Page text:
It was big on “Q” this year in Vancouver theatres: quantity and quality. Reviewers were lacing up their Nikes just trying to keep up, and I considered setting up a tent at the Cultch. My short list of favourites — out of 150 plays and selected for a variety of reasons — began with 30 that finally got pared down to 15. In no particular order and for reasons as various as the venues, here are some of the shows that stuck with me.
Since You Left Us: Colleen Wheeler kept us laughing in Susinn McFarlen’s very funny, very poignant first play. At the Stanley, director Kim Collier and actor Meg Roe wowed us with a beautifully balanced St. Joan; George Bernard Shaw would say they got it right. It was a very good year for Bard on the Beach: Equivocation imagined a tricky situation for Shakespeare: stay true to his values or lose his head. Actor Anton Lipovetsky shone in several roles — especially as a very fey King James I. Director Dean Paul Gibson’s A Midsummer Night’s Dream was remounted at Bard and although we thought it wasn’t possible, it was even better the second time around.
Way across town in the Italian Cultural Centre parking lot was Killer Joe staged in a shabby, litter-strewn trailer. While the play has few redeeming qualities, the staging by Chelsea Haberlin was fantastic. Matching Killer Joe’s violence but in a side-splittingly funny way was Hunter Gatherers, directed by Ryan Gladstone at Havana Theatre. Definitely not recommended for vegetarians.
Good theatre happened in the Downtown Eastside when Marisa Smith directed Alley Theatre’s production of Mrs. Warren’s Profession. The old Rickshaw Theatre — its stage, aisles and balcony — were imaginatively used. Still in the downtown area was This Stays In the Room, directed by Mindy Parfitt in Gallery Gachet. It was all about confession being good for the soul and actor Allan Morgan had us close to tears.
At the Cultch a Capetown University production of Mies Julie added race to what keeps Mies Julie and black houseboy John apart. Almost dance, it was hot and sexy.
Dance is what Tara Cheyenne Friedenberg does and directed by Marcus Youssef, the strangely titled Porno Death Cult was mysterious and, at times, unbearably beautiful. Friedenberg has the courage to go — and to take us with her — into very dark corners. Tiny Music, written and composed by Noah Drew and produced as part of the Chutzpah! Festival, also went into some dark places with autistic Ezra (Anton Lipovetsky again) who, through music, found himself.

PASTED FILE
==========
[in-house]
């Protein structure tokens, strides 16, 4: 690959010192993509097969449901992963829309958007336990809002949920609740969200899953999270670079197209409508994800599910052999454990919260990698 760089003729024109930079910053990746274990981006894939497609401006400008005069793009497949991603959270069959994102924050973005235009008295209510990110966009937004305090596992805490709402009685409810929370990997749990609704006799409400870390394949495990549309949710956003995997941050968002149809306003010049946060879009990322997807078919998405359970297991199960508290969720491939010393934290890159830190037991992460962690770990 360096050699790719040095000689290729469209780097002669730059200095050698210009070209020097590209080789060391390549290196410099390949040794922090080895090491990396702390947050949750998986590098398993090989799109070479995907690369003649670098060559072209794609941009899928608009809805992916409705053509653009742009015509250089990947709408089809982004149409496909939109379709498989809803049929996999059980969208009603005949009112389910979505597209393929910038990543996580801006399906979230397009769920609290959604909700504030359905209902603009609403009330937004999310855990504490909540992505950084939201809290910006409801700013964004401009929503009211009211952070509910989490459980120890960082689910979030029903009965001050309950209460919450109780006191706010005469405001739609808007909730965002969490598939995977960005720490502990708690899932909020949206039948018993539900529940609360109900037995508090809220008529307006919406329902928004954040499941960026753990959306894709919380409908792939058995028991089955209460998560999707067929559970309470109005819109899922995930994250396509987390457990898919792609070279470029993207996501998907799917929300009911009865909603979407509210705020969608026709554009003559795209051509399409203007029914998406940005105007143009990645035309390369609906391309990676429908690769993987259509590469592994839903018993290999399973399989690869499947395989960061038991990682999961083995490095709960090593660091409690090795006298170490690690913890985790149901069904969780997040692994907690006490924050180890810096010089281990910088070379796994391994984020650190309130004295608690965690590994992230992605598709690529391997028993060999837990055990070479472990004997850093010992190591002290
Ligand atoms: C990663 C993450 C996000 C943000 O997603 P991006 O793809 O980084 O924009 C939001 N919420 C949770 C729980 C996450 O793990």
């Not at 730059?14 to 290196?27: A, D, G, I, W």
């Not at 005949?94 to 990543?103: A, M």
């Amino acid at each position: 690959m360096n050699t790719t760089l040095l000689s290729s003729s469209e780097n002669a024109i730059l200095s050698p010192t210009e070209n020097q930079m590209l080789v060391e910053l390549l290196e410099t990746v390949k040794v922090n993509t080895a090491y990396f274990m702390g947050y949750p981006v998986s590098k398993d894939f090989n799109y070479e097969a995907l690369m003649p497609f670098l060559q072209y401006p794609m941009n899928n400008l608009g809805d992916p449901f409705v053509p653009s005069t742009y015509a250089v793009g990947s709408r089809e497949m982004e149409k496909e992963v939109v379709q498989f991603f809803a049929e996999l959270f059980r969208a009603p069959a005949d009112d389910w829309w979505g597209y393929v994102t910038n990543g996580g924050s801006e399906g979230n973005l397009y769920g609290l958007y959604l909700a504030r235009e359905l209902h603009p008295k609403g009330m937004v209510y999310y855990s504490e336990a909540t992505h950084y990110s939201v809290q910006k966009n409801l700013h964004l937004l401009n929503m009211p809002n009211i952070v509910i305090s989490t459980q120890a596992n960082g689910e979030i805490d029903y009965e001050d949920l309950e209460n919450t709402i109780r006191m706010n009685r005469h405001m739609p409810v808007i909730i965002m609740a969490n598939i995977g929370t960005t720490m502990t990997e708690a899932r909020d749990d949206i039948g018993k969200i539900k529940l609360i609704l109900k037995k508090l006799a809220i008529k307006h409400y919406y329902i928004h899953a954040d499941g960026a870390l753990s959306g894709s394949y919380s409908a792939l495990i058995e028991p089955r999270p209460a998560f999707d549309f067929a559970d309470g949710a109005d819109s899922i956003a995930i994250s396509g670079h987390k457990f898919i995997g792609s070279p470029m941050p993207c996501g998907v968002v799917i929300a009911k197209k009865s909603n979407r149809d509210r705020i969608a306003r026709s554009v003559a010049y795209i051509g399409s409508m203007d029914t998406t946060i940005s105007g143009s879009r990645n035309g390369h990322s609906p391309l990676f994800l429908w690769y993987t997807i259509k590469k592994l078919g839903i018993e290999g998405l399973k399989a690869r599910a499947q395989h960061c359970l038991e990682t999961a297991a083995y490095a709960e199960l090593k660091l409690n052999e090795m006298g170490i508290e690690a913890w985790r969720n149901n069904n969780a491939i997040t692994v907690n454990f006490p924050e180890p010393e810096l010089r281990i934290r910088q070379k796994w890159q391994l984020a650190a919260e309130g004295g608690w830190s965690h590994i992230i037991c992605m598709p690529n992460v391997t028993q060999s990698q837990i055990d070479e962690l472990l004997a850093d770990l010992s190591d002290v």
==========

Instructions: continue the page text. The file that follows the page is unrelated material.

Theatre went to church in 2014, too. Bob Frazer’s Osimous Theatre moved into the First Christian Reformed Church to present Thornton Wilder’s Our Town, staged informally in the church hall with a collection of sofas and comfortable chairs. Actors moved freely before, during and after the performance, giving everyone the feeling that this was a communal affair.
Back at the Cultch, Late Company raised all sorts of questions about relationships, parenting, loss and forgiveness. The Culture Lab, with set design by Pam Johnson, has never looked so classy and Kerry Sandomirsky, as a mother whose teenaged son has been murdered by another boy, was absolutely fearless in the role. Terrific direction by Touchstone Theatre’s Katrina Dunn.
Unforgettable: big-hearted Beverley Elliott in …didn’t see that coming. All the high-tech wizardry in Helen Lawrence. Andrew Wheeler and his Stephen Harper wig in Proud. The edgy dialogue and terrific performances in Mitch and Murray’s Speed-the-Plow, directed by David Mackay. Susinn McFarlen as a cougar in Dirty Old Woman. Judith Thompson’s return to the stage in her solo show Watching Glory Die. Shizuka Kai’s fabulous interior/exterior space ship set and the exuberant, boisterous, rowdy Kosmic Mambo finale: no one brings a curtain down as enthusiastically as the students at Studio 58.
And that brings the curtain down on 2014. Happy New Year.
More reviews at joledingham.ca.